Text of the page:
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Richard Lehman’s weekly review of medical journals

Richard Lehman’s journal review—23 November 2015

23 Nov, 15 | by BMJ

richard_lehmanNEJM 19 Nov 2015 Vol 373
Spooky RSV trial
2048 There’s a hint of Porton Down about this phase 1 study of an oral treatment for respiratory syncytial virus (RSV). The 62 volunteers trooped in and the steel doors shut behind them. Two days later, masked personnel in white coats proceeded to inoculate them intranasally with four log10 plaque-forming-units of the RSV-A Memphis 37b challenge virus. They spent another two days in quarantine and were then monitored twice daily for signs of incipient RSV infection. As soon as these appeared, nasal samples were sent off for a polymerase chain reaction test to confirm that it was indeed RSV, and they were then given the mystery agent ALS-008176, or a placebo. At this point Sherlock broke in to the secret chamber, the lights went out, klaxons sounded, and the experiment had to be aborted. Ah no, that was just for the television: in real life the subjects continued to languish in durance vile until two weeks had elapsed. more…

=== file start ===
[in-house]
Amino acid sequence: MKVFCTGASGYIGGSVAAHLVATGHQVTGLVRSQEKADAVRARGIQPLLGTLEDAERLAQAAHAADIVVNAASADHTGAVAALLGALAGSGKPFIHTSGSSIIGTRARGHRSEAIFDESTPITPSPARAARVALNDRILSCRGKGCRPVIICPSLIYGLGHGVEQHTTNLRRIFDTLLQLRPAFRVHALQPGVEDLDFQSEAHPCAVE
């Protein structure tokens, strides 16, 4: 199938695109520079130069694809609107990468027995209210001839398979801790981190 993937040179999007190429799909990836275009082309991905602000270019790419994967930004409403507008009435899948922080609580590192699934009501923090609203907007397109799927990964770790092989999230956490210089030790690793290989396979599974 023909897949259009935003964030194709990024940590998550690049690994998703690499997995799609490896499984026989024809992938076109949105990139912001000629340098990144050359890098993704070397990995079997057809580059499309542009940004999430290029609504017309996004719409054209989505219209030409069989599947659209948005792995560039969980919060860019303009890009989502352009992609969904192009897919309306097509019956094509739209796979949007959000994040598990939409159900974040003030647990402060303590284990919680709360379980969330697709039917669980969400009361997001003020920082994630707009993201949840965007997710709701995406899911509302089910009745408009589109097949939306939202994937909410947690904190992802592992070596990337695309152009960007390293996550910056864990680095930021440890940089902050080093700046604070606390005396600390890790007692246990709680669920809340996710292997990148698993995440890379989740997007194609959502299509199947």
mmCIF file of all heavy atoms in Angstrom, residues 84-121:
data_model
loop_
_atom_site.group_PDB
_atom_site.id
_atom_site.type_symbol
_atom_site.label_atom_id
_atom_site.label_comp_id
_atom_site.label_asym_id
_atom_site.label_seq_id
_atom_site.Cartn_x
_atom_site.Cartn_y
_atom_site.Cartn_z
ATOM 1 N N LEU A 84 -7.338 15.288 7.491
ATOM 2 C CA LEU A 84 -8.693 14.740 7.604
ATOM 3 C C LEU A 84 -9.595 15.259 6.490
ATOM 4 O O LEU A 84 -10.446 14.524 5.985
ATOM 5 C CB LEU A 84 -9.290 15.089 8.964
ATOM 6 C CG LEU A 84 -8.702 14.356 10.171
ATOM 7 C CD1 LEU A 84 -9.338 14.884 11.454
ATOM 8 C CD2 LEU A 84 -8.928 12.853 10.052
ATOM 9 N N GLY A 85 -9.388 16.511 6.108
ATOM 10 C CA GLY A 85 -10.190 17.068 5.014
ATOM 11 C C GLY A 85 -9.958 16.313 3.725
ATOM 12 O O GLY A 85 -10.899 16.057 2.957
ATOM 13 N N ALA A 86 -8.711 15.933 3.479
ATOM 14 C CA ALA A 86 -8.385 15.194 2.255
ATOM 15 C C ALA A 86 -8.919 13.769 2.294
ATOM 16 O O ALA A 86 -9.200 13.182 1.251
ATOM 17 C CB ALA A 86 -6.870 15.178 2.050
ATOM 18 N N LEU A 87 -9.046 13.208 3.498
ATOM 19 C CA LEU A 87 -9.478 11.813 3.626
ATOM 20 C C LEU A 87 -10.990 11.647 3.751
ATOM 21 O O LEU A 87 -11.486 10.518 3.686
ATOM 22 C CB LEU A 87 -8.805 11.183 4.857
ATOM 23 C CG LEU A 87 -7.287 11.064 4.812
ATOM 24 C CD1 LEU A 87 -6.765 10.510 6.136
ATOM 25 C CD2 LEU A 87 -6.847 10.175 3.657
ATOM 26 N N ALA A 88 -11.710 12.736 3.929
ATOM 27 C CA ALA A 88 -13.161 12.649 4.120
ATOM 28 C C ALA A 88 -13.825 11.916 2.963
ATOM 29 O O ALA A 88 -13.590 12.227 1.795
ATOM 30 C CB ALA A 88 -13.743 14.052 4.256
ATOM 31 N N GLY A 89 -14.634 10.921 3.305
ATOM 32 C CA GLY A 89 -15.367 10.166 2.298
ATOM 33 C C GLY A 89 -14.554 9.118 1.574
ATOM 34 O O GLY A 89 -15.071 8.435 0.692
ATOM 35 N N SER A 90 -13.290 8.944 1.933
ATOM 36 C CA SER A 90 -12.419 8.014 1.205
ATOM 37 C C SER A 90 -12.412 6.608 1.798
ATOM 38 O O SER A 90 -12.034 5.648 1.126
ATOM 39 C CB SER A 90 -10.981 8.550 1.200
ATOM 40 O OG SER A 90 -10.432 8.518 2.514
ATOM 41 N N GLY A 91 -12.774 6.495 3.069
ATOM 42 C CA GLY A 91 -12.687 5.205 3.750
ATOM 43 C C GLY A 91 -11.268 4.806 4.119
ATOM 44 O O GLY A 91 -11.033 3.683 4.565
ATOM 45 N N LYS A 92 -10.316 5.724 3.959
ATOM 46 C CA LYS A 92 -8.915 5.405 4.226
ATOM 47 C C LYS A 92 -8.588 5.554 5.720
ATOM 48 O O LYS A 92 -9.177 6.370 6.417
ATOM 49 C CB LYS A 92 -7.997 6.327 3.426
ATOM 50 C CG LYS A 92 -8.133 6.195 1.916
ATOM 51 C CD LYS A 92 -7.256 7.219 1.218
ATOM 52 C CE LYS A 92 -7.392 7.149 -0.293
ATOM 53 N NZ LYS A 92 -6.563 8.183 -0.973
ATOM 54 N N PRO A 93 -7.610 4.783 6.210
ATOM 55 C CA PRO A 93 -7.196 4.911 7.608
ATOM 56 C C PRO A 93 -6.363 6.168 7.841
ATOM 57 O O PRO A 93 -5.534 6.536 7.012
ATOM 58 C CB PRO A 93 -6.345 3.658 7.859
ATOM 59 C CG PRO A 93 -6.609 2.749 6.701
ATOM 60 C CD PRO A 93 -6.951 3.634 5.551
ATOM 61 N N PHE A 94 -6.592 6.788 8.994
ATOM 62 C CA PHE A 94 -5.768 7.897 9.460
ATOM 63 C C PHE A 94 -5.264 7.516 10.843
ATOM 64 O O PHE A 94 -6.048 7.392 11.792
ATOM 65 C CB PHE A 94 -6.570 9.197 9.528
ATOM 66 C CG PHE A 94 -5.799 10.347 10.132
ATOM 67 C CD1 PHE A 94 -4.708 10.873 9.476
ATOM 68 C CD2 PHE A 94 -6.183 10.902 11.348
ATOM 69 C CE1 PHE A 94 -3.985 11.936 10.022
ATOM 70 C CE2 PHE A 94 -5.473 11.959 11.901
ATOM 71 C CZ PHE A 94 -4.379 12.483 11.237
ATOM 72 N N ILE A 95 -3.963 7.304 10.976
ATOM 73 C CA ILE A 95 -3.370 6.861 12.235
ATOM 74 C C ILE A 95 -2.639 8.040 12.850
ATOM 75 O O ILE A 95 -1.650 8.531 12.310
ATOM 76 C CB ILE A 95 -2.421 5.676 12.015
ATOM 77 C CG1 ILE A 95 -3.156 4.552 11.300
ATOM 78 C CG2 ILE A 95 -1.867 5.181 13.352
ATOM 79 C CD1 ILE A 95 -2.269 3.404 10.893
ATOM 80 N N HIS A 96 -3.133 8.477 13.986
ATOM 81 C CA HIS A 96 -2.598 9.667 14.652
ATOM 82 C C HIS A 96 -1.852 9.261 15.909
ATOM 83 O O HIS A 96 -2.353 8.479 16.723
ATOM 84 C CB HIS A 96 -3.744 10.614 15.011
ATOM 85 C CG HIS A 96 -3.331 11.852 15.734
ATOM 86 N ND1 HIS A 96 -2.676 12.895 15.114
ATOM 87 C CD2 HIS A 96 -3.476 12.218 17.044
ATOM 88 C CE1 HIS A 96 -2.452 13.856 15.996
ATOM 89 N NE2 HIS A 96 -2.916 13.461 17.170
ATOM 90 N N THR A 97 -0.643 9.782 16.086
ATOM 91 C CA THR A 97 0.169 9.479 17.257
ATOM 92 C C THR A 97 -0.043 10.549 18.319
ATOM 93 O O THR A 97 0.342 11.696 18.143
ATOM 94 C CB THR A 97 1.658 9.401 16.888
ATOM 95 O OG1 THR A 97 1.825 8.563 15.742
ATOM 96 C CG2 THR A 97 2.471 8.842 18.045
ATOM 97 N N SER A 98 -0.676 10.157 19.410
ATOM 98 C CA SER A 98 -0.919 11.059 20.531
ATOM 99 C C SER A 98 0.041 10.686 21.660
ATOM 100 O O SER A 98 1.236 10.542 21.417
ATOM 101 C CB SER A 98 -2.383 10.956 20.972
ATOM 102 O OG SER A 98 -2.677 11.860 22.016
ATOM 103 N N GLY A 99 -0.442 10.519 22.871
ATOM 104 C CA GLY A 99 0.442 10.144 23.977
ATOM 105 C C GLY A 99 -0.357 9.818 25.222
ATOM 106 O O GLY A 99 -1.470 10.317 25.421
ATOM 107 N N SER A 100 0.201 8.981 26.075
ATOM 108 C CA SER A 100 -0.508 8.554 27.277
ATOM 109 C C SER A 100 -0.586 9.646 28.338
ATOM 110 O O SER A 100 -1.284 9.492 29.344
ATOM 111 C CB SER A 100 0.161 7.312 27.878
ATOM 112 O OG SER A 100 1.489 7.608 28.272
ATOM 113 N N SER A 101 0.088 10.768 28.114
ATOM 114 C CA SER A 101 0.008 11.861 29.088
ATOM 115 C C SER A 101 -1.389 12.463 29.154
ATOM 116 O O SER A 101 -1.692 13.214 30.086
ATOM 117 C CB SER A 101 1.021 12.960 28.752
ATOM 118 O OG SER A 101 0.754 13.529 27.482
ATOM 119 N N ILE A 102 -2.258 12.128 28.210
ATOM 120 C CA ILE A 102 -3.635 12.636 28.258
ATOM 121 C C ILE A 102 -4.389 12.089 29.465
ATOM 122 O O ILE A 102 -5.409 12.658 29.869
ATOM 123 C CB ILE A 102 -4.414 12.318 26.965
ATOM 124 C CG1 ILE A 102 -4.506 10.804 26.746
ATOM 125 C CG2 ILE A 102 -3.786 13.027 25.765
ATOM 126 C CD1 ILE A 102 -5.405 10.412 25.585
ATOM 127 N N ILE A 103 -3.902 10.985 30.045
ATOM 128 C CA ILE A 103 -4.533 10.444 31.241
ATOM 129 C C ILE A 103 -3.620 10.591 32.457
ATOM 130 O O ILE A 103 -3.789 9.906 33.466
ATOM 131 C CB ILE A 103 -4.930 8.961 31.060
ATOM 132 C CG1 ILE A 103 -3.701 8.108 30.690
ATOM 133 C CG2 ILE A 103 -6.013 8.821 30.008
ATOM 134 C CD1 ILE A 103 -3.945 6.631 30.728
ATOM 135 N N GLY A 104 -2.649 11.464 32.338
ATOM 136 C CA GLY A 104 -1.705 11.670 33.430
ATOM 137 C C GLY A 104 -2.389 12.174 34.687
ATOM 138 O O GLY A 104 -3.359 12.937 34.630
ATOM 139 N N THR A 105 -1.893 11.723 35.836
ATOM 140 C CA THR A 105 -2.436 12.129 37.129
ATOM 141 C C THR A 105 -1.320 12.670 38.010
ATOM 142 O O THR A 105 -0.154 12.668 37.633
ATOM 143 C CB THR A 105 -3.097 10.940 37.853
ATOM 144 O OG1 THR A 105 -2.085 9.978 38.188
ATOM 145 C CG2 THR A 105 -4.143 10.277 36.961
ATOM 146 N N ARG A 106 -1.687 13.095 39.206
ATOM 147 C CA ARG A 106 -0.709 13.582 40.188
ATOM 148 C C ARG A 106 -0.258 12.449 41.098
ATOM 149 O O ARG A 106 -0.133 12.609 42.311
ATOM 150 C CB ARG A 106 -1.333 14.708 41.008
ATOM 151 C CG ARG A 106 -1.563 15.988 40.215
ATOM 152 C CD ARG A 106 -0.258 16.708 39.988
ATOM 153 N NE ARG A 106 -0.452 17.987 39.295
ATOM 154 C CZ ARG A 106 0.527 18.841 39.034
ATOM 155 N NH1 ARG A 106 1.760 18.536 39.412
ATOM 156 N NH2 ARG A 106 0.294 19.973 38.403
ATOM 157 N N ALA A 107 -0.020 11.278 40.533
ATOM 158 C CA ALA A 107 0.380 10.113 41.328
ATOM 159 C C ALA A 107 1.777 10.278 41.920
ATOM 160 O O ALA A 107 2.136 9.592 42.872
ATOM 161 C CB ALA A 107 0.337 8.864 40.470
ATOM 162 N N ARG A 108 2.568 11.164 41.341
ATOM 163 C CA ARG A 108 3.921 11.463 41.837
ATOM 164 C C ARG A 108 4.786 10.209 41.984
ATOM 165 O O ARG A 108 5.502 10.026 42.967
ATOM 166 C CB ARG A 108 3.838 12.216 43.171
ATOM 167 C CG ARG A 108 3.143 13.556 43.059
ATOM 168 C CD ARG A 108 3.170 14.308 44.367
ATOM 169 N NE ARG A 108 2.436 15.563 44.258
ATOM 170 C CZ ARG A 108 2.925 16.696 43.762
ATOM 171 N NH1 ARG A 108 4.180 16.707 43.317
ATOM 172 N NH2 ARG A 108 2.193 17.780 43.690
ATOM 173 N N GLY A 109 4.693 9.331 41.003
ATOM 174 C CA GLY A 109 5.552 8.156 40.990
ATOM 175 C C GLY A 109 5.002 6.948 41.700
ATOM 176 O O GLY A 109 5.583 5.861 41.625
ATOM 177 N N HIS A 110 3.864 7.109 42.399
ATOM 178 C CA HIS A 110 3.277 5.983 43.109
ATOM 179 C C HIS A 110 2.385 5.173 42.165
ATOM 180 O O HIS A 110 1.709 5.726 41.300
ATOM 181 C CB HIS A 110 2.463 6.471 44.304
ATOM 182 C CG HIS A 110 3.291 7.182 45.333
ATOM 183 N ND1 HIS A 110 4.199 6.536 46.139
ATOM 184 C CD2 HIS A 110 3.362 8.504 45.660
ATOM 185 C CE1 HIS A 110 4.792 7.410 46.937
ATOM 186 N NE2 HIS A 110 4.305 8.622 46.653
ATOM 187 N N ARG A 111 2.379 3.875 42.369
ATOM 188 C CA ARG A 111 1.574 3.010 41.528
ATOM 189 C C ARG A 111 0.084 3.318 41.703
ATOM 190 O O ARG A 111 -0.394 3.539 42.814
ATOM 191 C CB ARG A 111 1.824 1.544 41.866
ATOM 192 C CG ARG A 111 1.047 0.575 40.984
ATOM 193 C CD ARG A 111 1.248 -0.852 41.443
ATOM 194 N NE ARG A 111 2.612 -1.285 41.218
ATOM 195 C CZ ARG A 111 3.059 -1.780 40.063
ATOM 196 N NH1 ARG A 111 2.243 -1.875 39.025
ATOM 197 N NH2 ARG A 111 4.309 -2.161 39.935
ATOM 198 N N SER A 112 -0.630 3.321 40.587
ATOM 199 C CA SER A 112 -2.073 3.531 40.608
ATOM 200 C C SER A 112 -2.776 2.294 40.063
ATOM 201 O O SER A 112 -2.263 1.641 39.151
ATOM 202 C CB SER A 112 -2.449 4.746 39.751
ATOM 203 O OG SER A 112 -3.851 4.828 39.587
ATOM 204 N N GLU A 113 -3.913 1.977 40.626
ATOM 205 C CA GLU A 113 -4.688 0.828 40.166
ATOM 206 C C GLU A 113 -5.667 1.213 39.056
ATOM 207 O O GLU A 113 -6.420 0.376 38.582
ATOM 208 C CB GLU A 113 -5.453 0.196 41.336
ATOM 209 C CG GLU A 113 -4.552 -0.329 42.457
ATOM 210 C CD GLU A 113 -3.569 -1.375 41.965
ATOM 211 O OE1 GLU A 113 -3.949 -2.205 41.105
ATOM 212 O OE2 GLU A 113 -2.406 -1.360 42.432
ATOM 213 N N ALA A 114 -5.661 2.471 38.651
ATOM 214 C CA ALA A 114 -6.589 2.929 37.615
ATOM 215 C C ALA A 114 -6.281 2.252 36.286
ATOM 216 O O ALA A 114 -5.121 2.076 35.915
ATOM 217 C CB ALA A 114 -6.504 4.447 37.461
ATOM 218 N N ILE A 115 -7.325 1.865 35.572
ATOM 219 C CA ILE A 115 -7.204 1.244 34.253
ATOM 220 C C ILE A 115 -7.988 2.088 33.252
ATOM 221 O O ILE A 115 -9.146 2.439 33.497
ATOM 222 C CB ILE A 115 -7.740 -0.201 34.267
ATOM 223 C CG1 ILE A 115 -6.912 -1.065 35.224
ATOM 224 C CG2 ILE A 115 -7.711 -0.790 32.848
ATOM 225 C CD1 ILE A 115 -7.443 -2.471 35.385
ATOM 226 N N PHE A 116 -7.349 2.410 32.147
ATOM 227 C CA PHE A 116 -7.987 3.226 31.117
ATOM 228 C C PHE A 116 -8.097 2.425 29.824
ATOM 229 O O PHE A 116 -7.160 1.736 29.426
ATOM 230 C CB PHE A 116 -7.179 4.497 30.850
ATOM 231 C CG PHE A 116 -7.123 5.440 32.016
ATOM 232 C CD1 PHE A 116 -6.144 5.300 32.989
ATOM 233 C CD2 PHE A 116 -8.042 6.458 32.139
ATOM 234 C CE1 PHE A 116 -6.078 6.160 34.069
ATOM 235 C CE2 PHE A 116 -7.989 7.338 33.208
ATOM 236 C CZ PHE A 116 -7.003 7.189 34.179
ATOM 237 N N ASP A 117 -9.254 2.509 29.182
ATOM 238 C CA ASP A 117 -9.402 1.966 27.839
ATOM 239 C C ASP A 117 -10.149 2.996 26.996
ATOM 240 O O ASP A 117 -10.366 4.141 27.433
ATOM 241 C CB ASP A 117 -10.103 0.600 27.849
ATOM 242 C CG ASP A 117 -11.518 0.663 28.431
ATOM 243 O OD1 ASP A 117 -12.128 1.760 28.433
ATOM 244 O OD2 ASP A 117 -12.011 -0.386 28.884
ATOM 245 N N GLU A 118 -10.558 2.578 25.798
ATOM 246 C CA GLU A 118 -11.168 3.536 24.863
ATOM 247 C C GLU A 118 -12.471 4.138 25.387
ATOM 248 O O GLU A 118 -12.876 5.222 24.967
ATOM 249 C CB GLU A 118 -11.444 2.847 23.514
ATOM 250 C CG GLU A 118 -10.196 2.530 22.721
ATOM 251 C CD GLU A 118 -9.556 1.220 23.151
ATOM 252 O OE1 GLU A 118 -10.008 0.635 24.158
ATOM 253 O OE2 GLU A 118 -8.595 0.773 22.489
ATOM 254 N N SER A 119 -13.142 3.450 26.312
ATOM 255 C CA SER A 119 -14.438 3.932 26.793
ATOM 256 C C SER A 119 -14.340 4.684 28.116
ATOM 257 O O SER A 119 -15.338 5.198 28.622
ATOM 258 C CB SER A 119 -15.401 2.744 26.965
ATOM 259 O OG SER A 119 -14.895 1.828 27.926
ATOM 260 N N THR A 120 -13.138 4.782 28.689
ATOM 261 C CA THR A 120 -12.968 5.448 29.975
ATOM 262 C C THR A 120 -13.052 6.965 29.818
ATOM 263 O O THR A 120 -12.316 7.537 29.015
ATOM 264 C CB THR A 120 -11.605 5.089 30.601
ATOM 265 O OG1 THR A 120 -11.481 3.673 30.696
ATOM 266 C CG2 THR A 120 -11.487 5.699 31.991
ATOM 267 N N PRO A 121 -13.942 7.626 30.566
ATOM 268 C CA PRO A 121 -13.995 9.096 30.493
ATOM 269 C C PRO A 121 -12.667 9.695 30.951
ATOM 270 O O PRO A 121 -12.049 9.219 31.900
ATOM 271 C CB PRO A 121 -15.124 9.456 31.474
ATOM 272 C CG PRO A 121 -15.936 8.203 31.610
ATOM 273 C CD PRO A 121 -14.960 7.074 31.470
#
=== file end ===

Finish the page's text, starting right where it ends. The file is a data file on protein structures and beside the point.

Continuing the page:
Richard Lehman’s journal review—16 November 2015

16 Nov, 15 | by BMJ

richard_lehmanNEJM 12 Nov 2015 Vol 373
SPRINTing to conclusions